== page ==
If you follow these instruction laid out for you, If you are at a two-way or four-way stop sign, and you are the first one there, and another vehicle decides that it wants to go, let them. When there is any source of confusion, simply let the other car go first. It is now worth becoming involved in an accident.

Though Thanksgiving 2013 is already in the books, the upcoming Christmas and New Year’s holidays will see a spike in travel around the State of Texas. The reality is that most have family scattered across the state (and country), and the Holiday Season is intended to be spent with loved ones. How do you avoid all of the hassle and stress associated with travelling in a confined space for such a period of time? We are all different, especially when it comes to road travel, but here are a few tips that should help you retain sanity throughout the remainder of the year.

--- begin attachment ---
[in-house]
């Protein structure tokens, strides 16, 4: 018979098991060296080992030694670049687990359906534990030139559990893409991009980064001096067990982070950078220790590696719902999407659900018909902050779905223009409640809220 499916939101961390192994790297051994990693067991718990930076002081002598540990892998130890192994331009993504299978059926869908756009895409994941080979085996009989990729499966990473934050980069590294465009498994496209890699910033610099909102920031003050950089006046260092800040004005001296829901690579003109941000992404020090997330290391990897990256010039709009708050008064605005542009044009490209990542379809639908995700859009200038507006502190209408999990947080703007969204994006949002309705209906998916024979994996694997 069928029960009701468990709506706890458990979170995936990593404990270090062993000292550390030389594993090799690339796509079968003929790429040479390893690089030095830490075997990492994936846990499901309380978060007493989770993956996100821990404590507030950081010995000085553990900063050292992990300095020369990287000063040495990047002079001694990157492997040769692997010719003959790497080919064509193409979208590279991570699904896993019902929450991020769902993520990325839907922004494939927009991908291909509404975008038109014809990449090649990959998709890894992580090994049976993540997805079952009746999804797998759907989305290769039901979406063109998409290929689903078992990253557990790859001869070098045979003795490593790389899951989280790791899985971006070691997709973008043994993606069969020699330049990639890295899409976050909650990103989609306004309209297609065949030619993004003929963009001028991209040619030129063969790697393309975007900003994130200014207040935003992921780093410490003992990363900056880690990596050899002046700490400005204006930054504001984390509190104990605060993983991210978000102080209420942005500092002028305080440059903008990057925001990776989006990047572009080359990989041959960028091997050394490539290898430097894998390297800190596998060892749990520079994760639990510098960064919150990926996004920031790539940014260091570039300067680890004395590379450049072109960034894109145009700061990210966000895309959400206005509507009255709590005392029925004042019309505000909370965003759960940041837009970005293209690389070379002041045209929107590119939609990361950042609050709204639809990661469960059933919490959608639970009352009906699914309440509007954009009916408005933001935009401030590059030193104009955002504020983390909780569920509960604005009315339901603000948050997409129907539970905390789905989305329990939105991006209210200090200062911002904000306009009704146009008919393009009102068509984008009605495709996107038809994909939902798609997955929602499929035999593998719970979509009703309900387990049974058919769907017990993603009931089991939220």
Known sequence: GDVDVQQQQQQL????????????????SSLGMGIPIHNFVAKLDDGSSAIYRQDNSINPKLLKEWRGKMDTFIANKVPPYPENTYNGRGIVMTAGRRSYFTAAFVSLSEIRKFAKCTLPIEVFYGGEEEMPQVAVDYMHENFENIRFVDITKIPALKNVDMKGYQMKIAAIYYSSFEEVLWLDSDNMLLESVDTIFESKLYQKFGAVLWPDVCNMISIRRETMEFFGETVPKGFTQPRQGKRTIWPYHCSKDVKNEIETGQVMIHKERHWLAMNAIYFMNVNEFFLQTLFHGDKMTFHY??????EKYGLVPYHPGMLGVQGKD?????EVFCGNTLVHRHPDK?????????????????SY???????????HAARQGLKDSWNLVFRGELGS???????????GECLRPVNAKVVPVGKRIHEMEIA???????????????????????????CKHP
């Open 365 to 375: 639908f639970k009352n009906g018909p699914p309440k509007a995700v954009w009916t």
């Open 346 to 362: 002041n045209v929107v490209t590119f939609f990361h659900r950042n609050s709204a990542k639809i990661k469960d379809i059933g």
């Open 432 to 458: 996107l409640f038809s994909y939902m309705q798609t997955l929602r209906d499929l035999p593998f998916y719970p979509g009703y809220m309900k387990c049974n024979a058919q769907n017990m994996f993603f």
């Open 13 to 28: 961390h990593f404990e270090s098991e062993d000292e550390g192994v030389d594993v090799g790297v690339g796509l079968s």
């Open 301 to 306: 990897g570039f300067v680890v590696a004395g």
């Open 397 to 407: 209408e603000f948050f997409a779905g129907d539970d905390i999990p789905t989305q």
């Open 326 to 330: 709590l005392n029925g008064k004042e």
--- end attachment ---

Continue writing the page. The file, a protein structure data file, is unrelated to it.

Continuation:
1. Be sure to leave early – Congestion on Texas highways and interstates will reach maximum capacity around this time, so to save yourself (and your family) the headache of car horns and obscene gestures by allotting 20-30 minutes more than you had initially planned.
  2. Know your route – The advent of GPS devices have been a great resource for drivers, but not all are exactly spot on with directions. Before you pack in the car to head to your destination, make certain that you have the safest, least time consuming route.
  3. Stay off your phone – Though possibly the most obvious, when you are driving refrain from using your phone. If you must use your phone for directional purposes, allow your co-pilot to serve in this function.
  4. Stay alert – Road conditions can vary regionally, so be sure to keep up with your inclement weather updates. When driving, also be aware of other motorists and obstacles.
  5. Don’t get too stressed – The kids are in the back seat asking “Are we there yet?” Traffic is bumper-to-bumper, and you are running late. This is going to be typical, but don’t let the stress ruin your day – it makes for poor driving.
  6. Make your ride enjoyable – Play “I Spy,” listen to some holiday music, stop at a coffee stand for hot cocoa – whatever the case, it will make the ride must more pleasant.